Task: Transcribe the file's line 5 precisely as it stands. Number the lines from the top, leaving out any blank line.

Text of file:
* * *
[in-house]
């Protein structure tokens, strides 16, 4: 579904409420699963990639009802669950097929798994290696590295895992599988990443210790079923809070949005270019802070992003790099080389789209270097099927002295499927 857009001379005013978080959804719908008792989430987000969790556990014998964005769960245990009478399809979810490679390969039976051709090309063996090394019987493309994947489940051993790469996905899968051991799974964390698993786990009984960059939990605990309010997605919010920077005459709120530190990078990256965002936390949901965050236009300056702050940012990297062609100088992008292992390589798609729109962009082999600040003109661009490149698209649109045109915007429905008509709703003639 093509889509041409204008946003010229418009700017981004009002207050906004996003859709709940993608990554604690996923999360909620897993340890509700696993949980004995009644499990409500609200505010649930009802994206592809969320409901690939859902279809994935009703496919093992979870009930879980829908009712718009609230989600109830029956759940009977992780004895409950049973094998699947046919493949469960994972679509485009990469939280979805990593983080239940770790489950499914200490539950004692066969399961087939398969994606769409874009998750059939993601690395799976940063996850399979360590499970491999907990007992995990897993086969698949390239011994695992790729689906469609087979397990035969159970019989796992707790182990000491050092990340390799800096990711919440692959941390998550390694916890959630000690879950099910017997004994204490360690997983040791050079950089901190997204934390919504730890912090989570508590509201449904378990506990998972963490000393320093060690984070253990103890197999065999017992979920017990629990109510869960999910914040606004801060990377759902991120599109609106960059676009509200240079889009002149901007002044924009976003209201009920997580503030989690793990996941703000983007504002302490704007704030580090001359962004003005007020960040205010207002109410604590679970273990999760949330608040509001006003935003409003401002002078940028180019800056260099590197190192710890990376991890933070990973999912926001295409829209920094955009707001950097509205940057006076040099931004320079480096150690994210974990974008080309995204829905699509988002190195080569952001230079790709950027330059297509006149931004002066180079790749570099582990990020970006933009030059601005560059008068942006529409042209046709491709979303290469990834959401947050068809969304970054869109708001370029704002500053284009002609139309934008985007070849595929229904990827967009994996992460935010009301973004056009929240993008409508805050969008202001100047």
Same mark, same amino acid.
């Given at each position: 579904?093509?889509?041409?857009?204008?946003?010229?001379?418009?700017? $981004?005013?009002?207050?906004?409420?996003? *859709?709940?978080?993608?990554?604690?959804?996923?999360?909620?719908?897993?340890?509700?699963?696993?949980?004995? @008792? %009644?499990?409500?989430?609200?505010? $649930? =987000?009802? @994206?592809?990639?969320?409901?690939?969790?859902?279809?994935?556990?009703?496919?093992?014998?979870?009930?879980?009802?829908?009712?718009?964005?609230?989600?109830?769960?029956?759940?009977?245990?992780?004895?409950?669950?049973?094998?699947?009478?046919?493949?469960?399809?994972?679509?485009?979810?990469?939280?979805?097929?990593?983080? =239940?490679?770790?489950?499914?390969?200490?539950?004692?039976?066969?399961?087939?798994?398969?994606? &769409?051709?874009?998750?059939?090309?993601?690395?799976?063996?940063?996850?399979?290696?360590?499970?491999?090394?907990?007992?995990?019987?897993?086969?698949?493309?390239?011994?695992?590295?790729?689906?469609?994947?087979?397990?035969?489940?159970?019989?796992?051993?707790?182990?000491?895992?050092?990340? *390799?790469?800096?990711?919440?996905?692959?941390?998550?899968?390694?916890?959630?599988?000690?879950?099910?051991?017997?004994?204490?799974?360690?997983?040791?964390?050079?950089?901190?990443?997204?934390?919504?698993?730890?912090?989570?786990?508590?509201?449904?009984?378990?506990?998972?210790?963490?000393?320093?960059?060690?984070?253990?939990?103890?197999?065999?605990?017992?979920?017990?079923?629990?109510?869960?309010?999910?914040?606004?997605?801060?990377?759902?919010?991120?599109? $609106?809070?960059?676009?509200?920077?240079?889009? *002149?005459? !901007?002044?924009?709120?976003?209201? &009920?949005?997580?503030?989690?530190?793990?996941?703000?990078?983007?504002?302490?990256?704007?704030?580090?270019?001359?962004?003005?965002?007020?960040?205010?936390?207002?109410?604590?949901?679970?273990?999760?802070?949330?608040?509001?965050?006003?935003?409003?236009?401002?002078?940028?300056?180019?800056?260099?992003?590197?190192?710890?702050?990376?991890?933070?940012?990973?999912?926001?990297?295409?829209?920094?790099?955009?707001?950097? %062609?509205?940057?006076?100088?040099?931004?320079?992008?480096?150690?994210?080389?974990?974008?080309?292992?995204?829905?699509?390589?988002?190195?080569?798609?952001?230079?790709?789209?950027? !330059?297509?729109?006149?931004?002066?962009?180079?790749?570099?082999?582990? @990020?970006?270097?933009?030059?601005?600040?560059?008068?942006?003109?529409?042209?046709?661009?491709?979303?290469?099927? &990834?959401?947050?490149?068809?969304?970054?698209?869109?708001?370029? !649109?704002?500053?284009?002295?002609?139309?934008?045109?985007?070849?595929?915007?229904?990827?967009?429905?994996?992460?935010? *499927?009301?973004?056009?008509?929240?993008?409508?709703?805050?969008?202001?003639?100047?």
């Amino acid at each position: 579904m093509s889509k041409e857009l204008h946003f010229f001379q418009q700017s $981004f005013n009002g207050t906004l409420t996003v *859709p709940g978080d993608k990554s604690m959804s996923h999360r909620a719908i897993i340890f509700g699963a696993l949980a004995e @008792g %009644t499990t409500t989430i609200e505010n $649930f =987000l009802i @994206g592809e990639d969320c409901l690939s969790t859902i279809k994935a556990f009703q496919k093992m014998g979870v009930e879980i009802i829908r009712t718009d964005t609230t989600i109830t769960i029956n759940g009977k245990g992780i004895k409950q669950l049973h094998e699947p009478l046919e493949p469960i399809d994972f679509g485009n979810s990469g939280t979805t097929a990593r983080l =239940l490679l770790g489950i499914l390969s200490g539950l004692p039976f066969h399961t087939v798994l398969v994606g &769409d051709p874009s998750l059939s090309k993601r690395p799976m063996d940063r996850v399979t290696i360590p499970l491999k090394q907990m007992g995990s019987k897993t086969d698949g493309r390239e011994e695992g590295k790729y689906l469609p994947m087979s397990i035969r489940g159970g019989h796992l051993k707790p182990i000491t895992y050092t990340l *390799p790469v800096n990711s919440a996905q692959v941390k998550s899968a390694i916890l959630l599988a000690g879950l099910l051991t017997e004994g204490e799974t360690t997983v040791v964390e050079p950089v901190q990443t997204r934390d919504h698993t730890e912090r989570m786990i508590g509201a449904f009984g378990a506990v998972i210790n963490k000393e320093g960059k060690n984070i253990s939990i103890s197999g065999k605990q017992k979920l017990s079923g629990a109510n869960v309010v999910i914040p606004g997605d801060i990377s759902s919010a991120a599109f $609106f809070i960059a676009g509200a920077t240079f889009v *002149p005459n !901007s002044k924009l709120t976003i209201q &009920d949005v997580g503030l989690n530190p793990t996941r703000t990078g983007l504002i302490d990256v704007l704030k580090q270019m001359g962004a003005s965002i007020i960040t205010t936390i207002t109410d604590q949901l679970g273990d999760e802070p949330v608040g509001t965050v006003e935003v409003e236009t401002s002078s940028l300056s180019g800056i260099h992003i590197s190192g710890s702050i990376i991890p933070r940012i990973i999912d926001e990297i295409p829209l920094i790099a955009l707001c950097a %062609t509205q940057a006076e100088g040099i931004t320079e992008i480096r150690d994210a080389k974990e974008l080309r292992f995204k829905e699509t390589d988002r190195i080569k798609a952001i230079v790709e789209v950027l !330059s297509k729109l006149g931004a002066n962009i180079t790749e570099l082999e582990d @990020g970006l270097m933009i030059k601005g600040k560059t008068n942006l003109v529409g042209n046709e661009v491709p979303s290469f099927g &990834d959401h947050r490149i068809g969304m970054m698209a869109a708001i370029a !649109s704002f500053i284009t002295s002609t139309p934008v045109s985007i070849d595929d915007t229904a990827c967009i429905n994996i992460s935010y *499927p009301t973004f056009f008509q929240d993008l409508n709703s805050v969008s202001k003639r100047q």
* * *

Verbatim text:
């Amino acid at each position: 579904m093509s889509k041409e857009l204008h946003f010229f001379q418009q700017s $981004f005013n009002g207050t906004l409420t996003v *859709p709940g978080d993608k990554s604690m959804s996923h999360r909620a719908i897993i340890f509700g699963a696993l949980a004995e @008792g %009644t499990t409500t989430i609200e505010n $649930f =987000l009802i @994206g592809e990639d969320c409901l690939s969790t859902i279809k994935a556990f009703q496919k093992m014998g979870v009930e879980i009802i829908r009712t718009d964005t609230t989600i109830t769960i029956n759940g009977k245990g992780i004895k409950q669950l049973h094998e699947p009478l046919e493949p469960i399809d994972f679509g485009n979810s990469g939280t979805t097929a990593r983080l =239940l490679l770790g489950i499914l390969s200490g539950l004692p039976f066969h399961t087939v798994l398969v994606g &769409d051709p874009s998750l059939s090309k993601r690395p799976m063996d940063r996850v399979t290696i360590p499970l491999k090394q907990m007992g995990s019987k897993t086969d698949g493309r390239e011994e695992g590295k790729y689906l469609p994947m087979s397990i035969r489940g159970g019989h796992l051993k707790p182990i000491t895992y050092t990340l *390799p790469v800096n990711s919440a996905q692959v941390k998550s899968a390694i916890l959630l599988a000690g879950l099910l051991t017997e004994g204490e799974t360690t997983v040791v964390e050079p950089v901190q990443t997204r934390d919504h698993t730890e912090r989570m786990i508590g509201a449904f009984g378990a506990v998972i210790n963490k000393e320093g960059k060690n984070i253990s939990i103890s197999g065999k605990q017992k979920l017990s079923g629990a109510n869960v309010v999910i914040p606004g997605d801060i990377s759902s919010a991120a599109f $609106f809070i960059a676009g509200a920077t240079f889009v *002149p005459n !901007s002044k924009l709120t976003i209201q &009920d949005v997580g503030l989690n530190p793990t996941r703000t990078g983007l504002i302490d990256v704007l704030k580090q270019m001359g962004a003005s965002i007020i960040t205010t936390i207002t109410d604590q949901l679970g273990d999760e802070p949330v608040g509001t965050v006003e935003v409003e236009t401002s002078s940028l300056s180019g800056i260099h992003i590197s190192g710890s702050i990376i991890p933070r940012i990973i999912d926001e990297i295409p829209l920094i790099a955009l707001c950097a %062609t509205q940057a006076e100088g040099i931004t320079e992008i480096r150690d994210a080389k974990e974008l080309r292992f995204k829905e699509t390589d988002r190195i080569k798609a952001i230079v790709e789209v950027l !330059s297509k729109l006149g931004a002066n962009i180079t790749e570099l082999e582990d @990020g970006l270097m933009i030059k601005g600040k560059t008068n942006l003109v529409g042209n046709e661009v491709p979303s290469f099927g &990834d959401h947050r490149i068809g969304m970054m698209a869109a708001i370029a !649109s704002f500053i284009t002295s002609t139309p934008v045109s985007i070849d595929d915007t229904a990827c967009i429905n994996i992460s935010y *499927p009301t973004f056009f008509q929240d993008l409508n709703s805050v969008s202001k003639r100047q």